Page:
Financial advice is abundant for retiring adults, and for those gosh darn millennials too. But what about the folks in the middle?
If you're in your 40s, you're in an interesting financial spot because you likely already have a career and a home, and you may even have a solid plan for retirement. Although it may seem like a great place to be, there are still pitfalls that need to be avoided.
1. Not saving enough
It may be decades away, but you need to think about how much money you'll need in retirement, after you stop pulling in normal-sized paychecks.
The median retirement savings for Gen Xers (Americans between ages 40 and 54) was $35,000 in 2017, as revealed by a study from Allianz.
But you'll need much more than that. By one popular formula, you should have approximately three times your salary saved by age 40.
Keep in mind that the cost of living may be higher by the time you retire, and you'll likely have greater medical expenses. Plus, Social Security, which already doesn't go very far, is running out of money.
2. Raiding retirement funds to pay for your kid's college
Every parent wants to help their kids pay for college, but taking money out of your retirement account to pay for your child's education will take a big bite out of your savings. That's especially true if you have only $35,000 saved so far, which is the median amount in your age group.
A young adult in college is about to enter the workforce, while a middle-aged parent is about to exit the workforce. Your child will make more money in the next few decades than you will.
If you can't afford to support your children without dipping into your retirement funds, consider helping them find scholarships or even reasonable student loan terms instead — while helping them out financially where you can.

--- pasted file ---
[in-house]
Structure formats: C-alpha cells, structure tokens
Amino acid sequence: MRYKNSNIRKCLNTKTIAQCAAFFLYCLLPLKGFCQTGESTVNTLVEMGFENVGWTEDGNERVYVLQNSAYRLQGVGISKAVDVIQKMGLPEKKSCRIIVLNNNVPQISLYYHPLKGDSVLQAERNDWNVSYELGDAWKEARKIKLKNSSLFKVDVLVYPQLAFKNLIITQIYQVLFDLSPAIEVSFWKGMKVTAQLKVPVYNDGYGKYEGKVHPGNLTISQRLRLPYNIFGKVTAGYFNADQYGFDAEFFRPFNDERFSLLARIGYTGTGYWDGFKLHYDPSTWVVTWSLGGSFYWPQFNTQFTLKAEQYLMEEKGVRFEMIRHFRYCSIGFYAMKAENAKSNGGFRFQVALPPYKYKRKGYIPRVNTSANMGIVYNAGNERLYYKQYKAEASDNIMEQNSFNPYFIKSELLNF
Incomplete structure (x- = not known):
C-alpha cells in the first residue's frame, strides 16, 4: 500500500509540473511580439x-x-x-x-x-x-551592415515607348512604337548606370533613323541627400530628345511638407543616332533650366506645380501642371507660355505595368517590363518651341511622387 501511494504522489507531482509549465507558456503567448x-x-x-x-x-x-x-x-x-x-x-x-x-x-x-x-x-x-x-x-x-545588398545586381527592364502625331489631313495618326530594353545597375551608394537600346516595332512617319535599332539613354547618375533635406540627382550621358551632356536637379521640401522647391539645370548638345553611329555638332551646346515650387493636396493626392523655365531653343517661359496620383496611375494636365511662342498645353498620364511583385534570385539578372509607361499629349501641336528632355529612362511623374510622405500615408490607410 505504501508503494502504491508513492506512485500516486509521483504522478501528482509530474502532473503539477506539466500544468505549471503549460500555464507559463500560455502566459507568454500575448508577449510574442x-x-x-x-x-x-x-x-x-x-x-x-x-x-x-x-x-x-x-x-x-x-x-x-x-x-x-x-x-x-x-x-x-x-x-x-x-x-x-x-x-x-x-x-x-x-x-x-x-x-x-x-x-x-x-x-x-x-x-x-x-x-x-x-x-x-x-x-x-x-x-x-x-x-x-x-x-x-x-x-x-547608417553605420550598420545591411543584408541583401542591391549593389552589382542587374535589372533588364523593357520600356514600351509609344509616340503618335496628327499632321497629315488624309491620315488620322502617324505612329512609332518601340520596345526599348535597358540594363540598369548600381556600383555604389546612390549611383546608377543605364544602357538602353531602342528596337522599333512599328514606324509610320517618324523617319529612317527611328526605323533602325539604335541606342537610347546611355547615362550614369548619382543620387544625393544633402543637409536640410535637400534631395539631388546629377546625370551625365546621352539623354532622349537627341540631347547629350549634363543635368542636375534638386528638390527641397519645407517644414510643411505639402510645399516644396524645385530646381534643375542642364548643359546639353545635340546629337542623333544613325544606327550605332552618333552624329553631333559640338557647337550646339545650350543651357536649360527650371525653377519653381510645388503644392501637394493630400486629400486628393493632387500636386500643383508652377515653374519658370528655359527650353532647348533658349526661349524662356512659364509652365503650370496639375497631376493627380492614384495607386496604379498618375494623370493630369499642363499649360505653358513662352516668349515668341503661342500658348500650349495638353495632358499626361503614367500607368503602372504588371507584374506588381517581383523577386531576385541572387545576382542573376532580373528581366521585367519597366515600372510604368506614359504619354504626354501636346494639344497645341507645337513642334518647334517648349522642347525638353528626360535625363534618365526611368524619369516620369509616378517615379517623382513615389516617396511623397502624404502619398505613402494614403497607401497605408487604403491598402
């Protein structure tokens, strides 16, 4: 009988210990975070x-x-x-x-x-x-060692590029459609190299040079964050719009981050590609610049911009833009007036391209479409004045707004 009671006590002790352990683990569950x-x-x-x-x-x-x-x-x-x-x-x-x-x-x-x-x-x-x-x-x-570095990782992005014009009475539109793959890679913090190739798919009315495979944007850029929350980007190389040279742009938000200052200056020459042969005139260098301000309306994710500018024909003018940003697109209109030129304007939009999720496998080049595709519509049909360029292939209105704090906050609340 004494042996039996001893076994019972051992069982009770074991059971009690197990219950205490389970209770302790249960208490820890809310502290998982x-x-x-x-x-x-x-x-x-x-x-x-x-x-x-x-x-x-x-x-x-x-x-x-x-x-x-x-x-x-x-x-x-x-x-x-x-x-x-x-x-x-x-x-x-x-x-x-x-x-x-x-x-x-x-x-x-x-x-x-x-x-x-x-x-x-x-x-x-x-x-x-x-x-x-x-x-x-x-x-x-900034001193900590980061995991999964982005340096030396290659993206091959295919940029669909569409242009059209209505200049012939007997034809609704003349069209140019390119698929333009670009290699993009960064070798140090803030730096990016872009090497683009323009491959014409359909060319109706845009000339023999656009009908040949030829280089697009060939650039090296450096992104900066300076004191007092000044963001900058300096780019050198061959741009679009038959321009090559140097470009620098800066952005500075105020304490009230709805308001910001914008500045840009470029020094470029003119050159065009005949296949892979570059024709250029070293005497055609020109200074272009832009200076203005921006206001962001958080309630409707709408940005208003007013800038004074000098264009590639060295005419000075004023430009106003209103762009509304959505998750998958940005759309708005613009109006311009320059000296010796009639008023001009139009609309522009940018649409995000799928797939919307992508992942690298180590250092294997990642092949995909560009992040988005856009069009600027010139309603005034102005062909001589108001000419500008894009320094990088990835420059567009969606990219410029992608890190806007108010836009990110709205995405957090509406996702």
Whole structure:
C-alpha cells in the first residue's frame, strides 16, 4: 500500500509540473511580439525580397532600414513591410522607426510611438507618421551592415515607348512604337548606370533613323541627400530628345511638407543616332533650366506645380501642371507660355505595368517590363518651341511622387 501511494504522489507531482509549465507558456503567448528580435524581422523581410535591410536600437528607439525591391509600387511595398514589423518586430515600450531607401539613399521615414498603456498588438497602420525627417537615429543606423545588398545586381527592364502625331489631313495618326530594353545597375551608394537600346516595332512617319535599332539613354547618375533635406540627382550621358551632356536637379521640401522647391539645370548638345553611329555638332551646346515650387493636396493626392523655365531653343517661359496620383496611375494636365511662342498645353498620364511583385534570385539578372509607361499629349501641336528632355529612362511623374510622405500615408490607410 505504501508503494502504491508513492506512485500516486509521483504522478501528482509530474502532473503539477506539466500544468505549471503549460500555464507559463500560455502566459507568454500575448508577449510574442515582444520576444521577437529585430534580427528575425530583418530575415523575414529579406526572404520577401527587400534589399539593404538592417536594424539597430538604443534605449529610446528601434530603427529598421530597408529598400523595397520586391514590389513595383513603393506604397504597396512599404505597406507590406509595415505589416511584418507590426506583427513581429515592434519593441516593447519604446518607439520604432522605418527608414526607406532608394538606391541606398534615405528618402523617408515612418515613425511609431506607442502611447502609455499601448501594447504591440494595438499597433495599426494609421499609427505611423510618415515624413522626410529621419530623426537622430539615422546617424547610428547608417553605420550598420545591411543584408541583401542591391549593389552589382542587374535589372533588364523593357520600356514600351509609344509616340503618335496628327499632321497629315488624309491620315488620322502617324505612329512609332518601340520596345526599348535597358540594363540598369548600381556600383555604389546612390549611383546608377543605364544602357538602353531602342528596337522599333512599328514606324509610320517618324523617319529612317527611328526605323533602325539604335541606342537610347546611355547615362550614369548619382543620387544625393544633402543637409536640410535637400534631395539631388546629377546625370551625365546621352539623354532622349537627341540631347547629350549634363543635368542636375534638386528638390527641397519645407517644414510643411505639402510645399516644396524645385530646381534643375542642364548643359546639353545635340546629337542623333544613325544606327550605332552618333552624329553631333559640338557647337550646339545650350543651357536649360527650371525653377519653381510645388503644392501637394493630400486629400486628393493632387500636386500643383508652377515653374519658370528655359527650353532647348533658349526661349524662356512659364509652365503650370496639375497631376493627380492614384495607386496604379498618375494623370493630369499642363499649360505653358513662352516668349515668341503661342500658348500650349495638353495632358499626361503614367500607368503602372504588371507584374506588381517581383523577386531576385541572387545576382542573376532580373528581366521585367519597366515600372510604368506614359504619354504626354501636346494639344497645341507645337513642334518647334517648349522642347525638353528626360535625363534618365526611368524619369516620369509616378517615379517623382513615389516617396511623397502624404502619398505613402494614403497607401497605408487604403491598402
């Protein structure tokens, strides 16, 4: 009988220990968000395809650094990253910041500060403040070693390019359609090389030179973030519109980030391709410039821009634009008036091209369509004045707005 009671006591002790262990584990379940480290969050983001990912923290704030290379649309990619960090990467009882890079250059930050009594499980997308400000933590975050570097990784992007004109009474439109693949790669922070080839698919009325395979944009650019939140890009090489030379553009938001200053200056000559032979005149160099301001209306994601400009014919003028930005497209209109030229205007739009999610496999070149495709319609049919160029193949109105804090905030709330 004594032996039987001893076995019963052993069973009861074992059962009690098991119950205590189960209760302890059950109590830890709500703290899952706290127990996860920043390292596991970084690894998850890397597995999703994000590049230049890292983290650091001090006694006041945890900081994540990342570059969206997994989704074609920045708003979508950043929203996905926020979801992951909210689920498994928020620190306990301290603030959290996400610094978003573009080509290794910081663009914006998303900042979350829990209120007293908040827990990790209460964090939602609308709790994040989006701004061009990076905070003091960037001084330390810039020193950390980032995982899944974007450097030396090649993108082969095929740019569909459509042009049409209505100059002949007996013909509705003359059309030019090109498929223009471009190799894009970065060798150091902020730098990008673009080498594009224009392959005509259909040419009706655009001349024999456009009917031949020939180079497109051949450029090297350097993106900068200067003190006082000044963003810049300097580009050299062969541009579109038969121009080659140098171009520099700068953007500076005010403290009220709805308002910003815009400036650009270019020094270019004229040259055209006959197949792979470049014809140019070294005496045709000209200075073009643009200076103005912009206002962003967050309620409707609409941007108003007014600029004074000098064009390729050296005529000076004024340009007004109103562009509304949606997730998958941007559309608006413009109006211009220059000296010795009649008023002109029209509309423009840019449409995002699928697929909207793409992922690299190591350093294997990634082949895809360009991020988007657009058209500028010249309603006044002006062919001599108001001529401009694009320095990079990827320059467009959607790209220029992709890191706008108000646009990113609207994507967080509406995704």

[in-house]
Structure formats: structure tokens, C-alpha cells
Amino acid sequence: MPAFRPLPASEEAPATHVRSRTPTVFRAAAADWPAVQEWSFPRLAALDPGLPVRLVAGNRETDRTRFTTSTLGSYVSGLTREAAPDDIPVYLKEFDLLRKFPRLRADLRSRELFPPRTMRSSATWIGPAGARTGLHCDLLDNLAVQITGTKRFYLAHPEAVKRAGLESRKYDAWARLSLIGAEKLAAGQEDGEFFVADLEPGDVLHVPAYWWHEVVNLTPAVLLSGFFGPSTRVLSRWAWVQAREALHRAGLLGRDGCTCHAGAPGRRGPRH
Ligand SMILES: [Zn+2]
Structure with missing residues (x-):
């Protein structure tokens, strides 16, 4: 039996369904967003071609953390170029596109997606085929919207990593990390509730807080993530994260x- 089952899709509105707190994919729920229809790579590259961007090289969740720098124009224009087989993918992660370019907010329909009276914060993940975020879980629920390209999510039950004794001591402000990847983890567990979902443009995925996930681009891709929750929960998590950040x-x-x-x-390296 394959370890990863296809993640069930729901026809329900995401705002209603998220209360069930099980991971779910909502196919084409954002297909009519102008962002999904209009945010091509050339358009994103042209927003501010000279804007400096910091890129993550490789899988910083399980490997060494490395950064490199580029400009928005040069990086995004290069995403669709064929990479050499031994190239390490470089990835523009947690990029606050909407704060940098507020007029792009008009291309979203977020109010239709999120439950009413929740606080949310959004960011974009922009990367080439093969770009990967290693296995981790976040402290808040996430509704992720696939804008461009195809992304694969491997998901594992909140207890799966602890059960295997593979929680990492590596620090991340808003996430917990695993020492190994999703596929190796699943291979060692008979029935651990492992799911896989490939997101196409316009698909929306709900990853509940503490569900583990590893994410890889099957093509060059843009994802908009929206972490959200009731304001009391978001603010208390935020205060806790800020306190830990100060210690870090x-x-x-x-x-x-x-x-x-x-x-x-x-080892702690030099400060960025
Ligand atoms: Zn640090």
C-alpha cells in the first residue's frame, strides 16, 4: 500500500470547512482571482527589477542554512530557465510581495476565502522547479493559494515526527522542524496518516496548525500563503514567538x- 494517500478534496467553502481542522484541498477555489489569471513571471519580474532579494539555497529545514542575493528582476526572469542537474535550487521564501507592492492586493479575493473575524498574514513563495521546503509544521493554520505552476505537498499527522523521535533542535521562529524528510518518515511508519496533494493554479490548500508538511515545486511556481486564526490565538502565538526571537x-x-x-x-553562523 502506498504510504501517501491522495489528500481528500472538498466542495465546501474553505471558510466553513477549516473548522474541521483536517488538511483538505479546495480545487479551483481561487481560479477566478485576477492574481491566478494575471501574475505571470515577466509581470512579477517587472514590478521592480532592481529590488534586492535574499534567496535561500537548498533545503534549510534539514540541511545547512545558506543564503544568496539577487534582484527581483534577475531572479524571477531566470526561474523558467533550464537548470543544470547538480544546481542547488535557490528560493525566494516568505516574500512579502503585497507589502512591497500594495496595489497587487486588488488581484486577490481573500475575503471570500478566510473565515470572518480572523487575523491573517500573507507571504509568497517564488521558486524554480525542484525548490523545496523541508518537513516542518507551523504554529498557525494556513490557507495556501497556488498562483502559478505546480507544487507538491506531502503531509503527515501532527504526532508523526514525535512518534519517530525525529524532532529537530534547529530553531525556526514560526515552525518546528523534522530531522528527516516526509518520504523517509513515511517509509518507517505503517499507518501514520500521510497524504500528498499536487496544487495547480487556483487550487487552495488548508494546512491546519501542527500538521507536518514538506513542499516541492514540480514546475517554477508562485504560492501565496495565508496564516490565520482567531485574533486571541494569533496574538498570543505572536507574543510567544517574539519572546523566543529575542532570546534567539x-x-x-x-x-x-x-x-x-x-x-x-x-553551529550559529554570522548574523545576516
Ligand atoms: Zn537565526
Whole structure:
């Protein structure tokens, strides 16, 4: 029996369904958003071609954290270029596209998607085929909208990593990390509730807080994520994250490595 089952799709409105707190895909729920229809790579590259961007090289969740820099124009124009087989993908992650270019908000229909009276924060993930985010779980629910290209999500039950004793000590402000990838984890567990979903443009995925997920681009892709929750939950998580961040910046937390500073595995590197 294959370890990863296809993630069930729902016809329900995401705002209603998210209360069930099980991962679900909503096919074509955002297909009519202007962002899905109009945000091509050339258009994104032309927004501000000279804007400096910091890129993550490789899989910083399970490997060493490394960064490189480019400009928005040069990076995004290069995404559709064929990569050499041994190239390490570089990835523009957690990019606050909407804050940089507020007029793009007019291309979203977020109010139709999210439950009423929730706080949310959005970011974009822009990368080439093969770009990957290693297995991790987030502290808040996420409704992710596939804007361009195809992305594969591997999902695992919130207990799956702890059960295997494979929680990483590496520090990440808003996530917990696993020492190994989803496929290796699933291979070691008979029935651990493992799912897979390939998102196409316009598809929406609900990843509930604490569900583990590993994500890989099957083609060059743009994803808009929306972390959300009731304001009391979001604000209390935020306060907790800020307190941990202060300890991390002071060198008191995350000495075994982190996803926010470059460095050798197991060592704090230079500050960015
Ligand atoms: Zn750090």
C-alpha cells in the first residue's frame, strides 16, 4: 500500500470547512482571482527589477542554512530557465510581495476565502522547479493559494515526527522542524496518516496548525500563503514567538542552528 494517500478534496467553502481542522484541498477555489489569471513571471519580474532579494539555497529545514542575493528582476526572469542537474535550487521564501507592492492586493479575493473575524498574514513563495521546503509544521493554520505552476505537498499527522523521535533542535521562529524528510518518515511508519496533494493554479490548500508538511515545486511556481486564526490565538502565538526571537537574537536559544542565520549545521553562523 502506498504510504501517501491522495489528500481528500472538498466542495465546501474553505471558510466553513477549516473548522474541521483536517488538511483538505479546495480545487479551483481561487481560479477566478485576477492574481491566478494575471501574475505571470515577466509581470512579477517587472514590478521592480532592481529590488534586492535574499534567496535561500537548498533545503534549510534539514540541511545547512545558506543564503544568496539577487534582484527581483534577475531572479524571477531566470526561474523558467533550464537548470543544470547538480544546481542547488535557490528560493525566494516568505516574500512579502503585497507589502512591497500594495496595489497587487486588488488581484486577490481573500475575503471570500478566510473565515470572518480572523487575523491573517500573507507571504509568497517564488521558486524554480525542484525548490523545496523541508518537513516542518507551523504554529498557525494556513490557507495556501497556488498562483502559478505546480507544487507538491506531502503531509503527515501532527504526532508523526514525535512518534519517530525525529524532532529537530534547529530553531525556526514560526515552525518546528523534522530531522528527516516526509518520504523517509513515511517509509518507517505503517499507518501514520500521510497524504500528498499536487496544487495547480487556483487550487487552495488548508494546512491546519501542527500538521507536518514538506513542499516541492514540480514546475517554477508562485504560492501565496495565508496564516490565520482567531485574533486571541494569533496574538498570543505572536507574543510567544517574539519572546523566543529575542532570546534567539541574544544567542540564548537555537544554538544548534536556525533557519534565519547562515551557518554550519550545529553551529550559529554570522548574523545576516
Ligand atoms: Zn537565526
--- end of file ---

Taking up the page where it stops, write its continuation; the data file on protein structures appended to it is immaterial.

3. Not having enough insurance
As morbid as it may sound, the chances of a unexpected passing or career-ending injury increase for adults over 40. "Unintentional falls" are the leading cause of non-life-threatening injuries, and "unintentional injuries" become one of the main causes of death in adults ages 34 to 54, the Centers for Disease Control and Prevention reports.
Life insurance and disability insurance may have seemed like optional luxuries as a young adult, but in your 40s these types of policies become necessities.
If you're suddenly unable to support your family because of an accident that's life-changing — or worse — insurance will help keep the people you love out of financial danger.
4. Putting off estate planning
Estate planning helps determine where your assets end up in the event of your death. While no one wants to think about dying (not to be a buzzkill or anything), those who avoid this crucial step put their loved ones in a lurch.
If you don't have your wishes legally documented, your assets could be withheld from the people you care about the most.
Even if you don't have much to leave behind, estate planning can help your loved ones avoid a big money mess while they're grieving. Good planning can be as simple as setting up beneficiaries for your current savings account and retirement accounts.
5. Not talking with your parents about their finances